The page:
Salt is the main source of dietary sodium for us.  Here is why it is important to consume salt during pregnancy: In the absence of salt, your nerves, muscles, and organs would not be able to function properly during pregnancy. In pregnancy, your body’s fluids increase in order to support your growing baby and sodium plays an important role in that. The presence of iodine in table salts is essential for the development of your baby’s brain and nervous system. Iodine deficiency during pregnancy may lead to stillbirths, abnormal brain development, miscarriage, and other medical complications. In a study, it was established that inadequate salt intake during pregnancy resulted in low birth weight infants. Inadequate salt intake during pregnancy increases the chances of foetal death.  The daily sodium intake for pregnancy should be around 3.8 grams of table salt per day; however, the upper limit may extend up to 5.8 grams.  Here are some side-effects of high sodium intake during pregnancy: Consumption of more salt in pregnancy may make you feel bloated. High salt intake may lead to water retention. More salt in your diet may cause excessive swelling of ankles, legs, feet or face. Increased amounts of salt in your diet may lead to high blood pressure or preeclampsia. Taking more amounts of salt may lead to loss of calcium (through urination) from the body. Content Source  Featured Image Source

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Causes and prevention of varicose veins during pregnancy

Varicose veins, also known as varicoses or varicosities, occur when your veins become enlarged, dilated, and overfilled with blood. Varicose veins typically appear swollen and raised, and have a bluish-purple or red color. They are often painful. The condition is very common, especially in women. Around 25 percent of all adults have varicose veins. In most cases, varicose veins appear on the lower legs. Causes of varicose veins Varicose veins occur when veins aren’t functioning properly. Veins have one-way valves that prevent blood from flowing backward. When these valves fail, blood begins to collect in the veins rather than continuing toward your heart. The veins then enlarge. Varicose veins often affect the legs. The veins there are the farthest from your heart, and gravity makes it harder for the blood to flow upward. Some potential causes for varicose veins include: Pregnancy Menopause Age over 50 Standing for long periods of time Obesity Family history of varicose veins Symptoms of varicose veins The primary symptoms of varicose veins are highly visible, misshapen veins, usually on your legs. You may also have pain, swelling, heaviness, and achiness over or around the enlarged veins. In some cases, you can develop swelling and discoloration. In severe cases, the veins can bleed significantly, and ulcers can form. Diagnosing varicose veins Your doctor will likely examine your legs and visible veins while you’re sitting or standing to diagnose varicose veins. They may ask you about any pain or symptoms you’re having. Your doctor may also want to do an ultrasound to check your blood flow. This is a noninvasive test that uses high-frequency sound waves. It allows your doctor to see how blood is flowing in your veins. Home remedies Measures can be taken at home to improve pain and prevent varicose veins from worsening. These measures include the following given below:  Exercising Losing weight Raising the legs Avoiding prolonged standing or sitting There are also many over-the-counter natural treatments, usually topical creams and emollients. These can help soothe pain, and improve comfort and they may improve the general appearance of varicose veins. Prevention: To reduce the risk of developing varicose veins you need to do the following:   Exercise regularly  Maintain a healthy weight Avoid standing still for too long Do not sit with the legs crossed Sit or sleep with your feet raised on a pillow Anyone who has to stand for their job should try to move around at least once every 30 minutes  Content source Featured image source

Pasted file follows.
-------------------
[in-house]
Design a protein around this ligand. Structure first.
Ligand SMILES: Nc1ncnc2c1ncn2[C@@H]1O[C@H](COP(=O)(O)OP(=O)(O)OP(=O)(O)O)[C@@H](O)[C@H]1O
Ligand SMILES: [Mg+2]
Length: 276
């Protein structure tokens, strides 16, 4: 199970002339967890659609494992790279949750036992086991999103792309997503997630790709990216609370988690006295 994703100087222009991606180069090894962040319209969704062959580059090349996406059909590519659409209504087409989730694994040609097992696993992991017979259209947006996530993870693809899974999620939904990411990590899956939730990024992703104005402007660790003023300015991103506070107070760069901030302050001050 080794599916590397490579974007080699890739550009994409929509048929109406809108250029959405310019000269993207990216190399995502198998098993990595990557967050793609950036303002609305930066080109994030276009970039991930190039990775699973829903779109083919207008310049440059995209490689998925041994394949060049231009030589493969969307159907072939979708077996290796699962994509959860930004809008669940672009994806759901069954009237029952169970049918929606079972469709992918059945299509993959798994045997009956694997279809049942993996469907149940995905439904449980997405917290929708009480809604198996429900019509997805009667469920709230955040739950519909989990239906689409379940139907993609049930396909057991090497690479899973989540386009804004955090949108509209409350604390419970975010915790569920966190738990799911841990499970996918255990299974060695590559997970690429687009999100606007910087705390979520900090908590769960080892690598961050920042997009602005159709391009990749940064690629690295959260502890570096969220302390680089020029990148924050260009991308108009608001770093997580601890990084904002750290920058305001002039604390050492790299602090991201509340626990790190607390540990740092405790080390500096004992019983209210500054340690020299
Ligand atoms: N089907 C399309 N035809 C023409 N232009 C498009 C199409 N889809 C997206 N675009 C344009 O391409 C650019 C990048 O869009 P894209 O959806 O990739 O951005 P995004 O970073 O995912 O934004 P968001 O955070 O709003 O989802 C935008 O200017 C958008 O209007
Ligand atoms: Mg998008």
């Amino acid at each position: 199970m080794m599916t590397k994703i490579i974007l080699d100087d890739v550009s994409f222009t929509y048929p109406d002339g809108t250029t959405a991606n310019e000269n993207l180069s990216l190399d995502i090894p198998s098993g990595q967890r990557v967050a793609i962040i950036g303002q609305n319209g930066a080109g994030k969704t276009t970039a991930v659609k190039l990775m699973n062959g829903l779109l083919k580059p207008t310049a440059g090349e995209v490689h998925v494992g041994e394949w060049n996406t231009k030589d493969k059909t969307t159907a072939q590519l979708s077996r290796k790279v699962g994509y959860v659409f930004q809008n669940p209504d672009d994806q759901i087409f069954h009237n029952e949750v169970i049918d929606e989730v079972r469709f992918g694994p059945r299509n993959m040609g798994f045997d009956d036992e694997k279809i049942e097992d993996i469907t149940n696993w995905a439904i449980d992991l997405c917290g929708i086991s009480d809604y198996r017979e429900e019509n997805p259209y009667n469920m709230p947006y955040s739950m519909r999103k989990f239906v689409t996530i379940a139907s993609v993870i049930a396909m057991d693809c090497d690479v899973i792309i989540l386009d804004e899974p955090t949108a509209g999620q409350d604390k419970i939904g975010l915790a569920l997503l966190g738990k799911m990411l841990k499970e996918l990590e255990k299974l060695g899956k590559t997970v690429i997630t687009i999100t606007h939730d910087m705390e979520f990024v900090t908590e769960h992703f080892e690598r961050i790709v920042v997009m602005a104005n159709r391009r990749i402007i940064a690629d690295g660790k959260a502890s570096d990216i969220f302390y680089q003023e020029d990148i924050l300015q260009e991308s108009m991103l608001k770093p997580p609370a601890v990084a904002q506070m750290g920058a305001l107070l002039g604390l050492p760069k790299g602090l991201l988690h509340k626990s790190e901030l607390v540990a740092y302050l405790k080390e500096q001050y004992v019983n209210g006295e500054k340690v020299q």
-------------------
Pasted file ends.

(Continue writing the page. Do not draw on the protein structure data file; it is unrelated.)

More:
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Abdominal pain during pregnancy

Abdominal pain during pregnancy can happen quite often and can become very uncomfortable at times. But how do you decide what pain is acceptable and when it indicates something more serious? Here’s everything you need to know about abdominal pain during pregnancy.   Is abdominal pain during pregnancy normal? Abdominal pain is a common occurrence during pregnancy and is normal in a healthy pregnancy. Carrying a baby puts pressure on your muscles, joints, veins. As your baby grows, the uterus tilts to the right which causes pain in the right side. The ligaments on both sides of your body grow to accommodate your growing baby so you may feel pain on both sides of the stomach. Having sex may sometimes trigger abdominal pain and cramping, especially during the third trimester. It might be a good idea to keep the sex soft at this time.   How to deal with normal abdominal pain during pregnancy? Getting some rest is the best way to deal with the cramps. Other methods include sitting down with your feet up, lying on the side opposite to the one which hurts, taking a warm bath, and using a hot water bottle or a heated wheat bag on the area which hurts. When can abdominal pain mean something more? Abdominal pain can be an indicator of something more under the following circumstances.   Abdominal pain unrelated to pregnancy This could be gas, bloating, UTI, kidney stones or even appendicitis. You should contact your doctor if the pain is accompanied by pain or burning when you pee, spotting or bleeding, vomiting, unusual vaginal discharge, tenderness and pain, chills and fever.   Abdominal pain during an early miscarriage or ectopic pregnancy If abdominal pain is accompanied by bleeding in your first trimester it could be an early miscarriage. You may also have painful cramping and dark, watery blood if you have an ectopic pregnancy in your first trimester. In either case, it’s best to go to the doctor immediately.   Abdominal pain during a late miscarriage Abdominal pain in the second trimester is usually nothing to worry about. In rare cases, it may indicate a late miscarriage only if it’s accompanied by bleeding. It usually occurs between 12 and 24 weeks.   Abdominal pain in the third trimester Severe abdominal pain in the third trimester could be an indicator of premature labour. In this case, you would feel pain in your pelvic or lower tummy area, backache, mild tummy cramps and diarrhoea. You may even have your water breaking, and regular contractions, or uterus tightening. This may happen between 24 weeks and 37 weeks of pregnancy and your doctor should be consulted immediately.